I wish now to present on the positive side the actual advantages which I believe it to possess. The most obvious claim to practical consideration is, of course, the ground of expense. Few counties or cities will salary a sufficient number of paid officers for adequate supervision, and there is always a limit to the good will of private organizations or individuals, but even if the paid worker could be obtained there is always this danger to be considered—that the office may become a political graft in the first instance, and in the latter that the officer may come to do his work in a perfunctory way. But these are mere superficial reasons, nor does the real vindication of the system lie in the actual success obtained with a corps of workers in the experimental stage of the newly established court, but rather in the principle already stated, that regeneration in the child is wrought by personal contact with men and women of a higher type than he has ever known, by the presentation to him of an ideal which he can clothe in the form of a wholesome hero worship.

For the boy who stated to his probation officer that as soon as he was old enough he, too, wanted to be a probation officer, and for the two little girls who refused to accept their discharge there had been fulfilled something of the purpose of the court in securing this relationship. The chief difficulty of recognizing the possibilities and value of this relationship lies, I think, in our failure to distinguish the essential difference between the released prisoneron parole and the boy on probation. In the case of adults, in the release from a penal institution, the idea of law is necessarily the prime factor to be considered. Character is already formed, ideals and standards are no longer in a

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state of formation; thus supervision must primarily take the shape of authority and be more or less negative and suppressive in its nature. In dealing with the juvenile delinquents, on the contrary, we have an entirely different set of conditions—conditions which become more apparent when looked at from the view point of probation rather than from that of investigation. We have here the individual in a state of evolution, with the instinct of imitation paramount. This is the instinct which has, in the majority of cases, produced the misdemeanor, and through it rather than through any other function of the child's life will his development be effected.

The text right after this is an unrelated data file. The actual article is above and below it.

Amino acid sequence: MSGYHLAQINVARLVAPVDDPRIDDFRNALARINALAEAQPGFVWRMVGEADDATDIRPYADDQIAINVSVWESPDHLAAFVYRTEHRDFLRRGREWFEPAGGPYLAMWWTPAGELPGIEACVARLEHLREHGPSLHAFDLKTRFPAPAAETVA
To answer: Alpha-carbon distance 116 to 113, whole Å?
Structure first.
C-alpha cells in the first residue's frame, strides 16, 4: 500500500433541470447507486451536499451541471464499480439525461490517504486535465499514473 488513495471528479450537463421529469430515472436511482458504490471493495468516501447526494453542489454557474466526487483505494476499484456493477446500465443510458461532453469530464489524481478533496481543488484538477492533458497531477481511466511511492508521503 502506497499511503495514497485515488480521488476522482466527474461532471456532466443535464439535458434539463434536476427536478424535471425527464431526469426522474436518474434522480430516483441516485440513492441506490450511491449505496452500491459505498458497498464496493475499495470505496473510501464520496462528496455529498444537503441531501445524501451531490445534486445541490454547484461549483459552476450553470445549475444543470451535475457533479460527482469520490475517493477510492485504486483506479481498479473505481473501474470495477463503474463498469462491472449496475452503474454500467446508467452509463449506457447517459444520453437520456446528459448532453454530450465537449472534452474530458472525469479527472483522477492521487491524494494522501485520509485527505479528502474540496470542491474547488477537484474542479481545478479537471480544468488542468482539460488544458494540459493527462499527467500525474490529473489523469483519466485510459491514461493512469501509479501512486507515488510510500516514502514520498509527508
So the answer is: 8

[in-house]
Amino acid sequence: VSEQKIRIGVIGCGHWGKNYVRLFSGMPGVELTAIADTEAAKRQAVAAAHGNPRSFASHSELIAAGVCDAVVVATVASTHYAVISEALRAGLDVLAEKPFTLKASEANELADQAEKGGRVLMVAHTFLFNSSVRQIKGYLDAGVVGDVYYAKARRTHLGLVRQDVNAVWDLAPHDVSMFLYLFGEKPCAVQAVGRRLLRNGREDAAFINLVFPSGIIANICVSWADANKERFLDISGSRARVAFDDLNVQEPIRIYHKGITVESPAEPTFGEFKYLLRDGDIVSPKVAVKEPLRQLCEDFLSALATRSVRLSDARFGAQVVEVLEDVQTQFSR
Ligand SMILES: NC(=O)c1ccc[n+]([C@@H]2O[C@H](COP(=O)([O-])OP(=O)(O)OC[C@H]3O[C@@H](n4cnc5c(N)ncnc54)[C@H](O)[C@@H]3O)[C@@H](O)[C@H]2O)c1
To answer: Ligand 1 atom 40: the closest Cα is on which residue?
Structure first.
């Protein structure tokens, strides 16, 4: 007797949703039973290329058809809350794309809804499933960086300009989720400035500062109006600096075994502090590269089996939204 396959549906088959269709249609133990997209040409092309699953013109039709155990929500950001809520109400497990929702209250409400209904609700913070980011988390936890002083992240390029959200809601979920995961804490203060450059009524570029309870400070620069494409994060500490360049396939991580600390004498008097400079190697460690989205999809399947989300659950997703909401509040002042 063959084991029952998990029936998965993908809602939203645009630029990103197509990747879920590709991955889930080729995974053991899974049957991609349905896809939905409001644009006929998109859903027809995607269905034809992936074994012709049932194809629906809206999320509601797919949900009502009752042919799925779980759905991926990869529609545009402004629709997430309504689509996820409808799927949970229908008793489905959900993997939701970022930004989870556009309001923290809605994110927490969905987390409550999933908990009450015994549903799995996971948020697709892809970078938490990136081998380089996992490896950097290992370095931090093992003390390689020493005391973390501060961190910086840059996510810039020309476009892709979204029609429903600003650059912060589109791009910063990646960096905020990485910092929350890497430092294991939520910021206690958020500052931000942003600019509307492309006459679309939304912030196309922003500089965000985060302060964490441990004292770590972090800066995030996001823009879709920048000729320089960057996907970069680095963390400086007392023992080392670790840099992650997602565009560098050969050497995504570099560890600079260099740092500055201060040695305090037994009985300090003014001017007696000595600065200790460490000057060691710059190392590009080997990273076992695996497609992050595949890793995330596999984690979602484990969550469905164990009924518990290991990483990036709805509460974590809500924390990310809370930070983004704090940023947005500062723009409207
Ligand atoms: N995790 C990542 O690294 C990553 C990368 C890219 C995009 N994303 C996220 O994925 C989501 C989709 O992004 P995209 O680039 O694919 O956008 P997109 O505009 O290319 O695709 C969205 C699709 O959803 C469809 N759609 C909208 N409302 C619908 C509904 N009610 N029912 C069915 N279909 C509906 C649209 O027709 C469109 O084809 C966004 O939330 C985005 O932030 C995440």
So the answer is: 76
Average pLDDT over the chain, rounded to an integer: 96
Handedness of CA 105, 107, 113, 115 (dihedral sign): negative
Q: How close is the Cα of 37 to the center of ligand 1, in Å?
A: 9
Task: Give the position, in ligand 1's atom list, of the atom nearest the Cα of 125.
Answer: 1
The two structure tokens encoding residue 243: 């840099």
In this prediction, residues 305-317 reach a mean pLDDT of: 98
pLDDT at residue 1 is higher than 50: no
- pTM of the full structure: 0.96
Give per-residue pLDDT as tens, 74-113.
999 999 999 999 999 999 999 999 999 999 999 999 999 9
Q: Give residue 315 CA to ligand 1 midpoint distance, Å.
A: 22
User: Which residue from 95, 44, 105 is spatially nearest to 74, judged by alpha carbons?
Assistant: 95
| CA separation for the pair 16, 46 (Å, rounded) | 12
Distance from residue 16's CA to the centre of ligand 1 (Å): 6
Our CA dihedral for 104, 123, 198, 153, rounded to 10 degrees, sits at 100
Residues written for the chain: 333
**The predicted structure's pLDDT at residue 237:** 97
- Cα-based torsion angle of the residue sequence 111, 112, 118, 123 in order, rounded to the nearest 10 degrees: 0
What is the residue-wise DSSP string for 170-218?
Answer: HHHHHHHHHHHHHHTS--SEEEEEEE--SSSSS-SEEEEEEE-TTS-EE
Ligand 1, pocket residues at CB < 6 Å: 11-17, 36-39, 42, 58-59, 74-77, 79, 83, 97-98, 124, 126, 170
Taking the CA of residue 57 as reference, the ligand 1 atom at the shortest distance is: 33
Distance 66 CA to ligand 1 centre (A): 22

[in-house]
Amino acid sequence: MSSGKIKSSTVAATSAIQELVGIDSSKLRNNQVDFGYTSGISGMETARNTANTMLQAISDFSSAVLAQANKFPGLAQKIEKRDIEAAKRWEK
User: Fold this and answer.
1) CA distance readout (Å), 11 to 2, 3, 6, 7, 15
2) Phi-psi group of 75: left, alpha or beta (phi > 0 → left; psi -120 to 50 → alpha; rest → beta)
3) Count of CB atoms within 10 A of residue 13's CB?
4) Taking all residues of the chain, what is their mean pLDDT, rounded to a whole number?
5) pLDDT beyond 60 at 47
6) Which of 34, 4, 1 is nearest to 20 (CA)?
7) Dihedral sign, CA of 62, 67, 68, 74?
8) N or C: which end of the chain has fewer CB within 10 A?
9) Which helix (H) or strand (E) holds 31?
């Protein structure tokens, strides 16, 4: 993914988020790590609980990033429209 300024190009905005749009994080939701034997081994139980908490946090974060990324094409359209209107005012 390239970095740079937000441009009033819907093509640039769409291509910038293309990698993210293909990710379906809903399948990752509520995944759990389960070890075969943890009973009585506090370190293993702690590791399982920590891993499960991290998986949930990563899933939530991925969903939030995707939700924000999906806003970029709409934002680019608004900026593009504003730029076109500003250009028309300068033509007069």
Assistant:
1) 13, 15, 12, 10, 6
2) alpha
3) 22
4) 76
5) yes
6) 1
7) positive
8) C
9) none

If this be true, the chief end of the probation system is to present to the mind of the child a tangible ideal worthy of his imitation, and the function of every juvenile court to provide not punishment, but a friend to every child that crosses its threshold, and its regenerative work with delinquent children will be a success, as it is able to bring these children into close personal contact with vigorous and wholesome personalities. And these conditions, I believe, are better satisfied under the volunteer than the paid probation system, because the volunteer is able to come into more normal, more individual, and more permanent relations with the probationer than can the paid official.

Personally I believe that the paid worker is in certain phases of philanthropy at a decided disadvantage; that always the most helpful relationship is the most normal, the most natural and spontaneous. Again, no one nature, no matter how well rounded, can adapt itself to an indefinite number of personalities. The better service is obtained, I believe, where the interest of the worker can be centered on one, at the most three, children, in whose life he becomes so interested that he has no thought of discharge, and they in their turn are thus able to have a sense of personal ownership and to take pride in this, as they know that interest is given freely and without price. I know of no other relationship more sacred, more holy than this—the relationship between the child handicapped by heredity and environment and a man endowed with culture and advantages, meeting on a common plane of mutual helpfulness; for, if you please, there is in probation as well as in settlement work a subjective as well as an objective value. Relationship is indeed unique, older than Christianity, yet as new as the newest modern movement for the realization of democratic ideals in our social life, of which this form of volunteer personal service is but another manifestation.